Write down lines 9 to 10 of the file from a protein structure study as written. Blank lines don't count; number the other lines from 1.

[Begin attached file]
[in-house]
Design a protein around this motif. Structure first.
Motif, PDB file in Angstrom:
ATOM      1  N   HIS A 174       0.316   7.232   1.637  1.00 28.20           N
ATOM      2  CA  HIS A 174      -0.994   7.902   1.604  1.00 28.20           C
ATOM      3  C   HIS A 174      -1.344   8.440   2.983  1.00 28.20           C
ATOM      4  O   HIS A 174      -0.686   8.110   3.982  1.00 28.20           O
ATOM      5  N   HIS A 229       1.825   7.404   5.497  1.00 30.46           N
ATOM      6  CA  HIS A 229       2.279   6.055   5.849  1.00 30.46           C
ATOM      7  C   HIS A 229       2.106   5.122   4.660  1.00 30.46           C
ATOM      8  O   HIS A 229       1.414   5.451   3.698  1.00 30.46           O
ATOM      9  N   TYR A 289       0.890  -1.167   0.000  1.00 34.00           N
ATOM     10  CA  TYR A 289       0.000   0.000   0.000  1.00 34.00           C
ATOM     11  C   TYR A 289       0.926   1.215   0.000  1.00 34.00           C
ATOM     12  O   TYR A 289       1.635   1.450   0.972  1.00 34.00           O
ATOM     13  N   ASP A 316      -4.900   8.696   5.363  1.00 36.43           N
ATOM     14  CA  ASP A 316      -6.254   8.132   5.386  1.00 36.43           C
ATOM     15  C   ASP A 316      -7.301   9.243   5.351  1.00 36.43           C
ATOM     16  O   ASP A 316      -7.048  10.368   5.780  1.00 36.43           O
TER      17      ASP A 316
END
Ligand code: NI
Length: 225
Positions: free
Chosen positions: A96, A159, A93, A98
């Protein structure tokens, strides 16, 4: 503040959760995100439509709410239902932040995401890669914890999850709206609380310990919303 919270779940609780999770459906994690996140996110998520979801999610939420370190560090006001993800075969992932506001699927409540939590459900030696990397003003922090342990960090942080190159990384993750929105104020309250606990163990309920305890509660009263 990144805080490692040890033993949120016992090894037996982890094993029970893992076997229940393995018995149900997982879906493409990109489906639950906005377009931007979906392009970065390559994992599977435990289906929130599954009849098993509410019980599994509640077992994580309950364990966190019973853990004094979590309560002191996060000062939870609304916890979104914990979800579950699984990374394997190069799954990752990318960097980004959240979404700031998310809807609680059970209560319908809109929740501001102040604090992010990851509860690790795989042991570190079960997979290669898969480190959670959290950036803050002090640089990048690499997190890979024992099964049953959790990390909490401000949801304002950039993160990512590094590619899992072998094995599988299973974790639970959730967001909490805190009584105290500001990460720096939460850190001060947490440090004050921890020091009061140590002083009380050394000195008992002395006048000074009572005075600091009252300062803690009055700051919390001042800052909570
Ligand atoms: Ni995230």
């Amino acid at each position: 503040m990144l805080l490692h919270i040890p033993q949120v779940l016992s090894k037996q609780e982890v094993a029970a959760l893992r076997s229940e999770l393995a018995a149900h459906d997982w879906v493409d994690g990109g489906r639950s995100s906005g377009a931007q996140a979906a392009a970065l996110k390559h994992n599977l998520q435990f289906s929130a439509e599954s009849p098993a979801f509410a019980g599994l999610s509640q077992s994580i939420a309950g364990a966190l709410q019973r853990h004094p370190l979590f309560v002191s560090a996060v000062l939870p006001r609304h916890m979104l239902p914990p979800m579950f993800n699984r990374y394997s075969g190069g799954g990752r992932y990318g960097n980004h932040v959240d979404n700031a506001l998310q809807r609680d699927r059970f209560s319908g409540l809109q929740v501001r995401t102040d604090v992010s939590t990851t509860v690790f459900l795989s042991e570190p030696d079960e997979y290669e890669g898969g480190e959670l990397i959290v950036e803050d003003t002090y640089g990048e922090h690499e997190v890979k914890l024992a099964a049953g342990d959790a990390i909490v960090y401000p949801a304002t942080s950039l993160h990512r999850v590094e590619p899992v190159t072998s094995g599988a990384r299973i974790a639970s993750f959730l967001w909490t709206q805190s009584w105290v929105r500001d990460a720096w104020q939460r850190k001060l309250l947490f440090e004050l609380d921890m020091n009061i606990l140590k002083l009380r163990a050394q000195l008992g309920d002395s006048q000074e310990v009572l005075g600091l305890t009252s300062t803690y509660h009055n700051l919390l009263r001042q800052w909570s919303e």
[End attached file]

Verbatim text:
ATOM      6  CA  HIS A 229       2.279   6.055   5.849  1.00 30.46           C
ATOM      7  C   HIS A 229       2.106   5.122   4.660  1.00 30.46           C